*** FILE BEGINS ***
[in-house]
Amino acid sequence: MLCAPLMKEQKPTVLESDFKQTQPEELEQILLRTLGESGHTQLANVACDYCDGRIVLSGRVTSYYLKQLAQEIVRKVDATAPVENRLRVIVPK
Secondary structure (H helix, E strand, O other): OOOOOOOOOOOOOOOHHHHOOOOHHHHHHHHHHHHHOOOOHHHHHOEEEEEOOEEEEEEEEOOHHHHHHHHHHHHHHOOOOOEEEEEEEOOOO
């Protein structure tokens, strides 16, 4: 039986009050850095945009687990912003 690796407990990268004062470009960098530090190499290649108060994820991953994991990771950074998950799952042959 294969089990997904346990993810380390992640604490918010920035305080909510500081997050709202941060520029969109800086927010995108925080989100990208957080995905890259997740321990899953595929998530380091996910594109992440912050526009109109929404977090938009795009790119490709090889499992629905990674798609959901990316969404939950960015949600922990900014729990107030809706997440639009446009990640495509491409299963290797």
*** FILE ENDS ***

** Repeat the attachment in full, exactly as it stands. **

[in-house]
Amino acid sequence: MLCAPLMKEQKPTVLESDFKQTQPEELEQILLRTLGESGHTQLANVACDYCDGRIVLSGRVTSYYLKQLAQEIVRKVDATAPVENRLRVIVPK
Secondary structure (H helix, E strand, O other): OOOOOOOOOOOOOOOHHHHOOOOHHHHHHHHHHHHHOOOOHHHHHOEEEEEOOEEEEEEEEOOHHHHHHHHHHHHHHOOOOOEEEEEEEOOOO
């Protein structure tokens, strides 16, 4: 039986009050850095945009687990912003 690796407990990268004062470009960098530090190499290649108060994820991953994991990771950074998950799952042959 294969089990997904346990993810380390992640604490918010920035305080909510500081997050709202941060520029969109800086927010995108925080989100990208957080995905890259997740321990899953595929998530380091996910594109992440912050526009109109929404977090938009795009790119490709090889499992629905990674798609959901990316969404939950960015949600922990900014729990107030809706997440639009446009990640495509491409299963290797």